New CRP: Doctoral CRP on Advances in Radiotherapy Techniques (E24022) from the International Atomic Energy Agency (IAEA)
The IAEA is launching a new five-year Coordinated Research Project (CRP) commencing in 2019 that will upgrade medical physicists in low- and middle-income countries (LMIC) to PhD level. The ‘Doctoral CRP on Advances in Radiotherapy Techniques’ (E24022) is expected to benefit Member States both clinically, by resulting in increased local implementation of advanced radiotherapy techniques, and academically, enhancing the potential to initiate local postgraduate programs and producing publications in the field of advanced radiotherapy medical physics.
The CRP will comprise five participating teams. Each team will bring together one PhD student from a developing country with two supervisors, one from the local university from which the degree will be awarded and a second, remote co-supervisor who is considered an expert on the topic of the PhD research, and who will act as a mentor from a developed country. Together, the team will conduct research on themes associated with modern radiotherapy, with the local supervisor acting as principal scientific investigator and contract holder for the CRP. The participating student must be admitted to a PhD programme at a local institution. The local supervisor will have the main responsibility to guide the student throughout their studies, and dissertation preparation, submission and examination process. The second, remote mentor will provide guidance to ensure the high quality and scientific relevance of the research project.
Those selected to take part will have to identify and choose a research topic in the field of advanced radiotherapy that will be of clinical importance to the local practices. Such potential research topics include but are not limited to motion management and margins; advanced image guided radiation therapy (IGRT) tools; development of national audit methodologies for advanced radiotherapy techniques; advanced dosimetry and modelling; individualized patient quality assurance (QA); automation in radiotherapy; and quality and safety.
This new CRP builds upon the success of two previous CRPs: the ‘Doctoral CRP on Quality Assurance of the Physical Aspects of Advanced Technology in Radiotherapy’ (E24015) which ran between 2008 and 2013 and resulted in four medical physicists completing their PhDs, and ‘Advances in Medical Imaging Techniques’ (E24019) which ran from 2012-2017 and saw three medical physicists complete PhDs in addition to two who are currently finalizing their PhD projects.
The application process will be with two steps. The first stage is submission of a concept note in the form of a questionnaire, that includes the details of the local supervisor and PhD candidate. Applications are encouraged with established partnerships and existing research teams (local supervisor, PhD candidate and remote mentor) teams. However, if a remote mentor has not been identified the IAEA can suggest a remote mentor with the required expertise during the concept phase. A pre-screening will be done of the concept notes. For successful candidates the team will be invited to submit a full application. Acceptance at both stages does not imply that the award will be given.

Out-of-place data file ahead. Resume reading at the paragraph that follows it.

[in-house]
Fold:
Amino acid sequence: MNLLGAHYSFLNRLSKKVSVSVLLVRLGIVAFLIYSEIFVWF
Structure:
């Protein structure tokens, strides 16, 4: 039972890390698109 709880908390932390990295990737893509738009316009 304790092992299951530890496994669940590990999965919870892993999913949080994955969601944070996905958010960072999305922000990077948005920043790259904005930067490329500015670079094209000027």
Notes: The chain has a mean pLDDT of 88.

CRP overall objective and expected outcome
The primary objective of this CRP is to enhance the academic development of specialist medical physicists in LMICs. Clinically, it will directly benefit the quality and effectiveness of health services in participating Member States through the development and adoption of advanced radiotherapy techniques. It will also enhance the capabilities of participating Member States to become involved with state-of-the-art scientific research and to establish international scientific networks.
Relating to the five participating medical physics PhD students, the overall expected outcomes will include gaining their PhDs along with knowledge and capacity to improve the clinical practice in radiotherapy at the local and national level. In addition, once these students have completed their doctoral studies, they will be able to coordinate, support and update or initiate education and training programmes for the next generation of medical physicists at their institution or other institutions at a national or regional level.
The CRP will address several of the United Nations Sustainable Development Goals (SDG), including SDG 3 to ensure healthy lives and promote well-being for all at all ages; SDG 4 to ensure inclusive and equitable quality education and promote lifelong learning opportunities for all; SDG 8 to promote sustained, inclusive and sustainable economic growth, full and productive employment and decent work for all; SDG 9 to build resilient infrastructure, promote inclusive and sustainable industrialization and foster innovation; and SDG 10 to reduce inequality within and among countries.
To support some expenses of the project each Research Contract awarded to the local institution in the framework of this CRP is associated with an annual financial support of 8,000 euros per year for a period of 4 years (subject to annual review), while (remote mentors) are not associated with any financial support. All participants of the CRP are required to attend three Research Coordination Meetings at the Agency’s expense. During the application process teams will be expected to provide a detailed budget.
Duration – Applications
The expected duration of the CRP is 4 years (2019-2023) with a possible non-funded extension of 1 year. The first Research Coordination Meeting is planned for 2 – 6 December 2019 in Vienna, Austria. Information on the IAEA Coordinated Research Programme and how to apply for research contracts and research agreements can be found at the CRA website.